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"The Yellow Wallpaper" and "The Nightingale and the Rose" both contain main characters that undergo hardship. How do the authors make us sympathise with these characters?

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"The Yellow Wallpaper" and "The Nightingale and the Rose" both contain main characters that undergo hardship. How do the authors make us sympathise with these characters? "The Yellow Wallpaper" by Charlotte Perkins Gilman and "The Nightingale and the Rose" by Oscar Wilde, are two stories in which the authors induce a great feeling of sympathy in the reader. Using character personality, circumstance, language and narrative style, both authors encourage us to sympathise with the main characters in a thought-provoking and often unexpected manner. The main character in "The Yellow Wallpaper" is the narrator, whose name, we learn at the end, might be Jane. The reader sympathises with the narrator largely due to her situation. She suffers, it is implied, from post-natal-depression. As she recuperates with her neurasthenia, she is not allowed to do anything but rest, she has "a schedule prescription for each hour in the day" and is especially forbidden from the creative work of writing. Moreover, the narrator is confined to an unpleasant and threatening room, one she strongly dislikes. She states "I should hate it myself if I had to live in this room long". The narrator grows progressively insane, up to the very end of the story, where she is found to have locked herself in her room, and is circling it, creeping. ...read more.


John's sister, Jennie, is "a perfect and enthusiastic housekeeper", who wants nothing else out of life. She supplants the narrator as a surrogate wife for John and "sees to everything" in the house while the narrator lies in bed. She symbolises the happily domesticated woman who does not find anything wrong with her domesticated prison. Jennie is a character who the narrator undoubtedly compares herself to and is under pressure from society to imitate. This makes the reader sympathise with the narrator, because she is in a place of guilt, a feeling she does not deserve. The nanny, Mary, takes care of the narrator and John's baby. With her name a possible allusion to the Virgin Mary, she is the perfect mother-surrogate for the narrator, an idealised maternal figure whose only concern is her child. Like Jennie, she also symbolises the happily domesticated woman, and, likewise, this causes the reader to sympathise with the pressure placed on the narrator to be like Mary. The woman in the wallpaper also induces sympathy for the narrator. Although the narrator eventually believes she sees many women in the yellow wallpaper, she centers on one. The woman appears trapped behind the bar-like pattern of the wallpaper; she "seemed to shake the pattern just as if she wanted to get out". ...read more.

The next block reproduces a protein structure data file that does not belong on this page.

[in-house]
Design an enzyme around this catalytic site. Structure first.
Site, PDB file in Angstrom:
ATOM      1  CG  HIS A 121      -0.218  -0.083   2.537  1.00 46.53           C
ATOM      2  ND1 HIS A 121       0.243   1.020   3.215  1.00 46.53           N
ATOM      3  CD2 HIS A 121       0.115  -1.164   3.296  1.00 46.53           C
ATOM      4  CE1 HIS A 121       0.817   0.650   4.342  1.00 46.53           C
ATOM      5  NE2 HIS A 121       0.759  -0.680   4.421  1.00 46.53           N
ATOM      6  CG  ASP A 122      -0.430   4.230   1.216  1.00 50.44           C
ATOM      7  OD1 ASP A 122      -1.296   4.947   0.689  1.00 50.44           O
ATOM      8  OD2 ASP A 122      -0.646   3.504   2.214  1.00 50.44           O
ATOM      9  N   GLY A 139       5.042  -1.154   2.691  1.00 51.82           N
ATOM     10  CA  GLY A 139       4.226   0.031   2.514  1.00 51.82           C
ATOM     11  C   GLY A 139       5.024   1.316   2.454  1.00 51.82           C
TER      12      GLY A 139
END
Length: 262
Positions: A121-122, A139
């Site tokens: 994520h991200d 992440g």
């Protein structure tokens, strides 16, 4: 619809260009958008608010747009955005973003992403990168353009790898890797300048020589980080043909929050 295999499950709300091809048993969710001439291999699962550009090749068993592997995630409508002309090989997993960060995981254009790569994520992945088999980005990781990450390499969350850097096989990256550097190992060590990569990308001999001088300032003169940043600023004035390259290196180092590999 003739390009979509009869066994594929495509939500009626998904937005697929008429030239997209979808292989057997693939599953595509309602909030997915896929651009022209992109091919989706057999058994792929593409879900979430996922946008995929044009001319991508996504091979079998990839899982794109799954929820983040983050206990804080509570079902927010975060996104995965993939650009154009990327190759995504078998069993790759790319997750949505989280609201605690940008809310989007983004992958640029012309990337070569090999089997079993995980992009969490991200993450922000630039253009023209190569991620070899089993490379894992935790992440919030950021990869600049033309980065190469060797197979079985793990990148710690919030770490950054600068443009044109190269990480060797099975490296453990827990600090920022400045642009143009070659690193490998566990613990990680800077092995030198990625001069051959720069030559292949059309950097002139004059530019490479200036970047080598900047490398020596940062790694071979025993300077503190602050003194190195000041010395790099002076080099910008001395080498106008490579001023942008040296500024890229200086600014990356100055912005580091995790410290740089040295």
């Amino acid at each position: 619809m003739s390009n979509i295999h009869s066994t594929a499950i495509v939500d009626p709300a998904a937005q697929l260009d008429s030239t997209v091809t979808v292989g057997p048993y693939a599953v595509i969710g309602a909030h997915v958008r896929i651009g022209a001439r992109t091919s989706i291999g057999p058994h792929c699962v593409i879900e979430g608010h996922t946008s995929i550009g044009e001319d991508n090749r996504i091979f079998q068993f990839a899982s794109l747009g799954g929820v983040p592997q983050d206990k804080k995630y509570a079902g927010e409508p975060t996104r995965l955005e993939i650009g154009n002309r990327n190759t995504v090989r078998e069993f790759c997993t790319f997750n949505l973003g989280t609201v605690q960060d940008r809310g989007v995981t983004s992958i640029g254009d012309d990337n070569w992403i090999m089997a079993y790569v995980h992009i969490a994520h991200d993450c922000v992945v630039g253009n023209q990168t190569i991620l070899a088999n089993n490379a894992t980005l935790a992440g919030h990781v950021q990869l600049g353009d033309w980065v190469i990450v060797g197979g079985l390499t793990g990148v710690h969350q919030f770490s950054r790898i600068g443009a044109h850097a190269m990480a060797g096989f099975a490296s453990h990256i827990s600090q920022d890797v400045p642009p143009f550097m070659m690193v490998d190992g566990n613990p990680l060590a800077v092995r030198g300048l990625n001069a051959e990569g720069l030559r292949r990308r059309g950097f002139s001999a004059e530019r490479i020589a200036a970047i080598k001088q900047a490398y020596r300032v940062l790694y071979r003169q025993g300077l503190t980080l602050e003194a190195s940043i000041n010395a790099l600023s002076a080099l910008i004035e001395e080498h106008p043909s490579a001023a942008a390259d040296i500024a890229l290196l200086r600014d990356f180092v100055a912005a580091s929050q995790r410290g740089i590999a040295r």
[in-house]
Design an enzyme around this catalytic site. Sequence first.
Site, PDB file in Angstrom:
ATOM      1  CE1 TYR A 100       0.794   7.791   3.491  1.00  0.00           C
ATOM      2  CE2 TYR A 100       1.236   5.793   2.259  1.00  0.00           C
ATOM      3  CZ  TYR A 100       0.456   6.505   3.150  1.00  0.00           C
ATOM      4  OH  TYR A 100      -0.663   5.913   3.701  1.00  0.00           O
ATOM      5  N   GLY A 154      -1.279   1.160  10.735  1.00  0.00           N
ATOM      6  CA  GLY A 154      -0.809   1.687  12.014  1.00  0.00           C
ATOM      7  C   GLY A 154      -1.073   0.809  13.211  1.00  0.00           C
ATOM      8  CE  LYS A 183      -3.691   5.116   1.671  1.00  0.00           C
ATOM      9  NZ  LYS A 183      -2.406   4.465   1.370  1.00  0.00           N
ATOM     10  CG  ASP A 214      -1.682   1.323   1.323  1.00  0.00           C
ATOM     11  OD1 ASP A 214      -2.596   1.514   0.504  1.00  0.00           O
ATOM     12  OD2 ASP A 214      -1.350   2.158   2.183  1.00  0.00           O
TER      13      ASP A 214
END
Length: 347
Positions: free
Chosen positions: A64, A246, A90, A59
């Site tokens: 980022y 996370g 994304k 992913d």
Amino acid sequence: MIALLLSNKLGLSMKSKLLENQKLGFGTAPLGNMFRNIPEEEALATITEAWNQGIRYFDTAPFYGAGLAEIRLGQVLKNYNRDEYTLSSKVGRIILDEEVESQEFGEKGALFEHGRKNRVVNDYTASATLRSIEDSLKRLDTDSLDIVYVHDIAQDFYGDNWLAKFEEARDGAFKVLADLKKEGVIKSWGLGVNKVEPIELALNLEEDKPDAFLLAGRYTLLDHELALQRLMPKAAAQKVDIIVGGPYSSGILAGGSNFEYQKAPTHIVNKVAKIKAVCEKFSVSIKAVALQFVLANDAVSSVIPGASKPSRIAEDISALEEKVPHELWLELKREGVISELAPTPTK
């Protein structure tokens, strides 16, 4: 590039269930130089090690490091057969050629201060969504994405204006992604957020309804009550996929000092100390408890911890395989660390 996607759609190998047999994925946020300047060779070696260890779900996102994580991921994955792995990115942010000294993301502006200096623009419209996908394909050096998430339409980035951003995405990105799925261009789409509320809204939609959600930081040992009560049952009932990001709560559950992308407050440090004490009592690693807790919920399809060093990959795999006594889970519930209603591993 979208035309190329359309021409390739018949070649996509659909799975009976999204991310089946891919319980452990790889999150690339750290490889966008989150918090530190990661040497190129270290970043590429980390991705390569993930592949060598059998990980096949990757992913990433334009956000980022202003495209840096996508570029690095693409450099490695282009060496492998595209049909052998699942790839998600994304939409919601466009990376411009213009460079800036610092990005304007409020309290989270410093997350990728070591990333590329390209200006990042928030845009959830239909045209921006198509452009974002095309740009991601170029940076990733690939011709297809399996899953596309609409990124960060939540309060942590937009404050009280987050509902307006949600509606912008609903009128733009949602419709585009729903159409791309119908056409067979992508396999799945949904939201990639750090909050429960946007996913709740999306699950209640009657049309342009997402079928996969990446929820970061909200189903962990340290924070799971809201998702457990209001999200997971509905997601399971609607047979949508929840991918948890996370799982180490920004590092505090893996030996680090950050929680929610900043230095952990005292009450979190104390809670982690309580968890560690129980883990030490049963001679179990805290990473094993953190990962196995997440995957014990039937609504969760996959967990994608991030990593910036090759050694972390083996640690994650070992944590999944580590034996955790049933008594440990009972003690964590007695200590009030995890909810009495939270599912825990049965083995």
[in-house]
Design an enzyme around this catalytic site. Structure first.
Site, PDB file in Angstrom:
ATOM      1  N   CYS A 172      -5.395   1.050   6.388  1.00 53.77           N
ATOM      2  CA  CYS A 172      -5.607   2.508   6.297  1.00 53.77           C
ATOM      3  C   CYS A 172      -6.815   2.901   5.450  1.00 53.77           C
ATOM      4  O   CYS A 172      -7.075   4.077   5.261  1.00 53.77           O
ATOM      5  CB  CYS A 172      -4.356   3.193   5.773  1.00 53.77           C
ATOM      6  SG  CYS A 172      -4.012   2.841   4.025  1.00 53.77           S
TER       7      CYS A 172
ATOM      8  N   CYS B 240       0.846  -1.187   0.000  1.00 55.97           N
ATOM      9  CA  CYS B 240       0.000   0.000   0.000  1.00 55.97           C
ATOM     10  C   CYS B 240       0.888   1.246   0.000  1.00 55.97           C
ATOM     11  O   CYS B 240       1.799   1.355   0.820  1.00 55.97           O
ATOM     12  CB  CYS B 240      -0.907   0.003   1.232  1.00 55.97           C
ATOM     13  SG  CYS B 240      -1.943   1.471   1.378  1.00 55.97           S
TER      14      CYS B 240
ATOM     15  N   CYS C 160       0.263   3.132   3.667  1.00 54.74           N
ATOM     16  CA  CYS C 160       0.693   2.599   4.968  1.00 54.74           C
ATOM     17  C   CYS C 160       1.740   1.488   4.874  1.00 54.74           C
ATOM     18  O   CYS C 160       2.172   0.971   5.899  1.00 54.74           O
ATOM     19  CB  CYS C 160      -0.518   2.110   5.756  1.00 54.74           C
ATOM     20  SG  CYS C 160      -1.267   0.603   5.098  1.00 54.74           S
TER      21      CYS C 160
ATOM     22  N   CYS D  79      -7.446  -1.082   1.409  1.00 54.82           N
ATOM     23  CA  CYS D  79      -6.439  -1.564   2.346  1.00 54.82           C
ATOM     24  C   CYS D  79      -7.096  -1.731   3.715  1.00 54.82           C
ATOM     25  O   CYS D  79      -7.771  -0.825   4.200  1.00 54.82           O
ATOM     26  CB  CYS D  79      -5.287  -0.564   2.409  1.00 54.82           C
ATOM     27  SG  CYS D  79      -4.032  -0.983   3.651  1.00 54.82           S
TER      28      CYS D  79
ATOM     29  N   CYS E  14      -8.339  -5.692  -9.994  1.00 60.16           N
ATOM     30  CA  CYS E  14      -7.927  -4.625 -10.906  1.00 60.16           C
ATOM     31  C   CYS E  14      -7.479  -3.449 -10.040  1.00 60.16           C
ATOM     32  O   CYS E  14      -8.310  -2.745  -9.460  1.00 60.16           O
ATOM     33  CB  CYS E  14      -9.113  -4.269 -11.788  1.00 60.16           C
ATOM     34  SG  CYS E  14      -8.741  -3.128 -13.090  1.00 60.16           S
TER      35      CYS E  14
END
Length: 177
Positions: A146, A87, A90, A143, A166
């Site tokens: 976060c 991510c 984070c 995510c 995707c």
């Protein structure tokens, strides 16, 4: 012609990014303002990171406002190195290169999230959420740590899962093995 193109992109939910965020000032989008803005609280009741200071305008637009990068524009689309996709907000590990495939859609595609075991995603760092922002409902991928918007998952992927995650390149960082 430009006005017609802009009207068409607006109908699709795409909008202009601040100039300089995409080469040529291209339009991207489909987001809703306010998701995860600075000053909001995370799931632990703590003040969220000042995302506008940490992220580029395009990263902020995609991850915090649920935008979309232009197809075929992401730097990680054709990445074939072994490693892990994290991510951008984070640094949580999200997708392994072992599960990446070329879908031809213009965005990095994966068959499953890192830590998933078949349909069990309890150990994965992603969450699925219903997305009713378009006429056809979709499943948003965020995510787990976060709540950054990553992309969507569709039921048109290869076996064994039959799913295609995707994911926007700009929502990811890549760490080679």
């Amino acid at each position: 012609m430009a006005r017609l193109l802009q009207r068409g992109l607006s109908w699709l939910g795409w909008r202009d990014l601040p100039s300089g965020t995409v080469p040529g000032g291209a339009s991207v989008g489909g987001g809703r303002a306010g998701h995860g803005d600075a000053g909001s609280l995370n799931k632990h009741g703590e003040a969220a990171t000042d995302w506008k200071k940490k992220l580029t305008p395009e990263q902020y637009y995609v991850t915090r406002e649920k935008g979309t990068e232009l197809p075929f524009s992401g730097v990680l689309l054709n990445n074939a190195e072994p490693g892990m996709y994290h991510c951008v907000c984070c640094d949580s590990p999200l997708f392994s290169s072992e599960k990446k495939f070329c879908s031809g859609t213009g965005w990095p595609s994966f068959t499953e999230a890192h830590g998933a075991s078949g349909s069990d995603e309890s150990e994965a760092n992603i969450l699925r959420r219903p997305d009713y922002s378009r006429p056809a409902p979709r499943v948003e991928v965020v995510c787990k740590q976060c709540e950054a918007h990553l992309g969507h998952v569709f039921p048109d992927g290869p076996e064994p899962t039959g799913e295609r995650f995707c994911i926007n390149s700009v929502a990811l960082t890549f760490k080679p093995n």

This makes the reader feel sympathy at the fact that the narrator does not feel able to be herself, that she is always under pressure to follow her husband. Finally, Gilman's narrative style leads the reader to sympathise with the main character. The story is written in the first person, in a diary-like style. This helps the reader to connect with the narrator more easily, and the fact that it is in the narrator's own words makes the reader look at her with greater sympathy. As the story develops, the narrative style becomes progressively fragmented. Much like the chaotic pattern in the wallpaper, the sentences grow choppy and confusing, grafting together disconnected one-line comments, such as: "I quite enjoy the room, now it's bare again. How those children did tear about here! This bedstead is fairly gnawed! But I must get to work." The narrator's tone changes from na�ve and depressed to paranoid and excited, and, as she grows insane, her sentences reflect the state of her mind; she regularly contradicts herself. Towards the end of the story, the narrator changes the topic often, but never fails to return to the subject of the wallpaper, thus exposing her obsession with it. The narrative style induces sympathy, as it shows the reader the deterioration process of the narrator's mind, as she is prevented from making her own choices in life, bound by the ties of a patriarchal society. ...read more.

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